Statistical test most commonly employed to see if two categorical variables are related.

The probability of observing our sample estimate (or one more extreme) if the null hypothesis about the population is true.

The standard against which the p value is compared to determine statistical significance: If the p value is less than the significance level, the result is deemed statistically significant.

A negation of the null hypothesis; usually the hypothesis researchers would like to test but cannot do so directly.

A statistic used for significance testing (or hypothesis testing), calculated using data.

Null Hypothesis

In hypothesis testing, the hypothesis that is directly tested, typically resulting in no difference or no effect.

Statistical test most commonly employed to see if two categorical variables are related.

The probability of observing our sample estimate (or one more extreme) if the null hypothesis about the population is true.

The standard against which the p value is compared to determine statistical significance: If the p value is less than the significance level, the result is deemed statistically significant.

A negation of the null hypothesis; usually the hypothesis researchers would like to test but cannot do so directly.

A statistic used for significance testing (or hypothesis testing), calculated using data.

Alternative Hypothesis

In hypothesis testing, the hypothesis that is directly tested, typically resulting in no difference or no effect.

Statistical test most commonly employed to see if two categorical variables are related.

The probability of observing our sample estimate (or one more extreme) if the null hypothesis about the population is true.

The standard against which the p value is compared to determine statistical significance: If the p value is less than the significance level, the result is deemed statistically significant.

A negation of the null hypothesis; usually the hypothesis researchers would like to test but cannot do so directly.

A statistic used for significance testing (or hypothesis testing), calculated using data.

Test Statistic *This question is required

In hypothesis testing, the hypothesis that is directly tested, typically resulting in no difference or no effect.

Statistical test most commonly employed to see if two categorical variables are related.

The probability of observing our sample estimate (or one more extreme) if the null hypothesis about the population is true.

The standard against which the p value is compared to determine statistical significance: If the p value is less than the significance level, the result is deemed statistically significant.

A negation of the null hypothesis; usually the hypothesis researchers would like to test but cannot do so directly.

A statistic used for significance testing (or hypothesis testing), calculated using data.

p Value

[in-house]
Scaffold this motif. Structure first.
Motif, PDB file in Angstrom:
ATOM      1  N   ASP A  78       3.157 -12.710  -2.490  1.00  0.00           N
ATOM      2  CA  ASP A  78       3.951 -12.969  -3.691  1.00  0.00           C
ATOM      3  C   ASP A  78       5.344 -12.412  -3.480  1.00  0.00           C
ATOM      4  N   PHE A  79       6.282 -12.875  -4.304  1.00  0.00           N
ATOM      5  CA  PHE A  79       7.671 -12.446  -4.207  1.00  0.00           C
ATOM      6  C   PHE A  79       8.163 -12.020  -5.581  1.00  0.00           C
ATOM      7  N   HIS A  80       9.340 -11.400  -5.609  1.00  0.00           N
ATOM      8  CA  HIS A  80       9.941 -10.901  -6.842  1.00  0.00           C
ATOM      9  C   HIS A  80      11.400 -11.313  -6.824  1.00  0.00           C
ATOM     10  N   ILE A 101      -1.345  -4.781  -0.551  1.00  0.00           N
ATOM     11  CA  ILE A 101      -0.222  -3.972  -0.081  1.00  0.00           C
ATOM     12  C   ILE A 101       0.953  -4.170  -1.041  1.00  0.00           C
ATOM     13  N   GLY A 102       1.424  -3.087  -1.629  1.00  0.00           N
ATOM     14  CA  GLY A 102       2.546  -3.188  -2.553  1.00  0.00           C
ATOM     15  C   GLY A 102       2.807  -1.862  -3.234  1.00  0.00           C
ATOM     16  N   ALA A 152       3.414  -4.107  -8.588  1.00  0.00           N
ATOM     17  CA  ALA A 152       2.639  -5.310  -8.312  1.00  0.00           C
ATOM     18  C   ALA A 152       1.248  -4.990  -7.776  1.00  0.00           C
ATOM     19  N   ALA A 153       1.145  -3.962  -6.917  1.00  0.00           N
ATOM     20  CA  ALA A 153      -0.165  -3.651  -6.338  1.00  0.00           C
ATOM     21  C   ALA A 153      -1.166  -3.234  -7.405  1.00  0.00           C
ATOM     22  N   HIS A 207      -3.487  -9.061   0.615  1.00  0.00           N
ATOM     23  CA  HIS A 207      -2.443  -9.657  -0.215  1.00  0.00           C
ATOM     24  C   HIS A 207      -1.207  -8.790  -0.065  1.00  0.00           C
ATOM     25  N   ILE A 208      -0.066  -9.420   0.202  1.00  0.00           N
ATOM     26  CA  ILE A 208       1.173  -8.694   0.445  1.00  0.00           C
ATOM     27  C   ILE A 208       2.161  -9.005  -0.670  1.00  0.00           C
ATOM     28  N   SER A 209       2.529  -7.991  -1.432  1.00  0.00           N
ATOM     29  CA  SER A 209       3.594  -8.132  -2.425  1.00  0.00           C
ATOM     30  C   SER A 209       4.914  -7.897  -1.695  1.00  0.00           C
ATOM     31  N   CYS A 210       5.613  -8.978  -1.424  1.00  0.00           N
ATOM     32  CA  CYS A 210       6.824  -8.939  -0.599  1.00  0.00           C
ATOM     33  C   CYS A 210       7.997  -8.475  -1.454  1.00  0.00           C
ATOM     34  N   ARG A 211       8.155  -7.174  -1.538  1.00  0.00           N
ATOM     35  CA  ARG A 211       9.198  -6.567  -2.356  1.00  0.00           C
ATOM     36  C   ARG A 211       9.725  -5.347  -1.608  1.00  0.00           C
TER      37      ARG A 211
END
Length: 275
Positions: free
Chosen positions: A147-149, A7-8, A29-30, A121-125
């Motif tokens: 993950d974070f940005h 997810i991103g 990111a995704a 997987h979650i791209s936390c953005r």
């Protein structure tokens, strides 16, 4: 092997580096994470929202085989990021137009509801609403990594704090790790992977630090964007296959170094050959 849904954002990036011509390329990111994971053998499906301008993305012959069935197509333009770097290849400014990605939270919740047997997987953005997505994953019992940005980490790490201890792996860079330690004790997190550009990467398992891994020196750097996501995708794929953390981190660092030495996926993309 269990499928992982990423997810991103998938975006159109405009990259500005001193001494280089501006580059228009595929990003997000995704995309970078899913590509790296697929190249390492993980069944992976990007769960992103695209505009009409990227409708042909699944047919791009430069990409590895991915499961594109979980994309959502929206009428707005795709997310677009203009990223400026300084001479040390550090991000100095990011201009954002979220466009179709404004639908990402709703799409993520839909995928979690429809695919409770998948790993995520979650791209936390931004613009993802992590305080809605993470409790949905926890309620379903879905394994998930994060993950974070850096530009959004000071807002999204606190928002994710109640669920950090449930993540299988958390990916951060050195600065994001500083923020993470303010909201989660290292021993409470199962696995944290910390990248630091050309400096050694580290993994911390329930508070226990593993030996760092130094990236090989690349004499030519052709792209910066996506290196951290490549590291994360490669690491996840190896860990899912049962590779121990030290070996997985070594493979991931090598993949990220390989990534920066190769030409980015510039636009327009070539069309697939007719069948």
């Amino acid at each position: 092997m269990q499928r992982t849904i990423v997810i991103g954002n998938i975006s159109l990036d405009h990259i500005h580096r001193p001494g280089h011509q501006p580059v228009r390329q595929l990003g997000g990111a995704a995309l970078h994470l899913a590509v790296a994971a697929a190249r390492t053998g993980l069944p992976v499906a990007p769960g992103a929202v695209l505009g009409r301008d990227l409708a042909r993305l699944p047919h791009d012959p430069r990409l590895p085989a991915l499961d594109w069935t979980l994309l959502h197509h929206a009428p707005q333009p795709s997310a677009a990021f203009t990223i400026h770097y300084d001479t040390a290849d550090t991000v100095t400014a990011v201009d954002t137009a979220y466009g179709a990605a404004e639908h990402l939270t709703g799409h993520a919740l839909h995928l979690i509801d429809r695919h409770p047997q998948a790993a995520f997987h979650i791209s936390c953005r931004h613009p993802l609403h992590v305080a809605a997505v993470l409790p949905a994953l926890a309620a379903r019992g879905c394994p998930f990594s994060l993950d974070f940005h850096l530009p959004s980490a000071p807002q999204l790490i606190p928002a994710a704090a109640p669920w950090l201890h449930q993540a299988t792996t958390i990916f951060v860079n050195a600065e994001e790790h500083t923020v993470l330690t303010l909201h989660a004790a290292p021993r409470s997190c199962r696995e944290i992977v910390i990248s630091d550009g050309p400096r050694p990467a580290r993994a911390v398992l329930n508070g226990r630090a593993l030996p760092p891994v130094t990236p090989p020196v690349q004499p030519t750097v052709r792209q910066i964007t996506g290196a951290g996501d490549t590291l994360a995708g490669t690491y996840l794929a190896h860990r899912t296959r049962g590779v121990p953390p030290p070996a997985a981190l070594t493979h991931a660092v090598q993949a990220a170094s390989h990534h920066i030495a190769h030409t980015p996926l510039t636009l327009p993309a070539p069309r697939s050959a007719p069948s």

In hypothesis testing, the hypothesis that is directly tested, typically resulting in no difference or no effect.

Statistical test most commonly employed to see if two categorical variables are related.

The probability of observing our sample estimate (or one more extreme) if the null hypothesis about the population is true.

The standard against which the p value is compared to determine statistical significance: If the p value is less than the significance level, the result is deemed statistically significant.

A negation of the null hypothesis; usually the hypothesis researchers would like to test but cannot do so directly.

A statistic used for significance testing (or hypothesis testing), calculated using data.

Significance Level

In hypothesis testing, the hypothesis that is directly tested, typically resulting in no difference or no effect.

Statistical test most commonly employed to see if two categorical variables are related.

The probability of observing our sample estimate (or one more extreme) if the null hypothesis about the population is true.

The standard against which the p value is compared to determine statistical significance: If the p value is less than the significance level, the result is deemed statistically significant.

A negation of the null hypothesis; usually the hypothesis researchers would like to test but cannot do so directly.

A statistic used for significance testing (or hypothesis testing), calculated using data.

Chi-Square Test

In hypothesis testing, the hypothesis that is directly tested, typically resulting in no difference or no effect.

Statistical test most commonly employed to see if two categorical variables are related.

The probability of observing our sample estimate (or one more extreme) if the null hypothesis about the population is true.

The standard against which the p value is compared to determine statistical significance: If the p value is less than the significance level, the result is deemed statistically significant.

A negation of the null hypothesis; usually the hypothesis researchers would like to test but cannot do so directly.

A statistic used for significance testing (or hypothesis testing), calculated using data.

10. Copy of Please Match the Term to Its Definition *This question is required.

Space Cell

Correction applied to a single statistical significance measure, when it is one of many statistical tests, because one of the many tests could be significant by chance.

The rejection of a true null hypothesis.

The smallest effect that would still have statistical significance in a study with a particular sample size and design, often chosen to perform sample size calculations.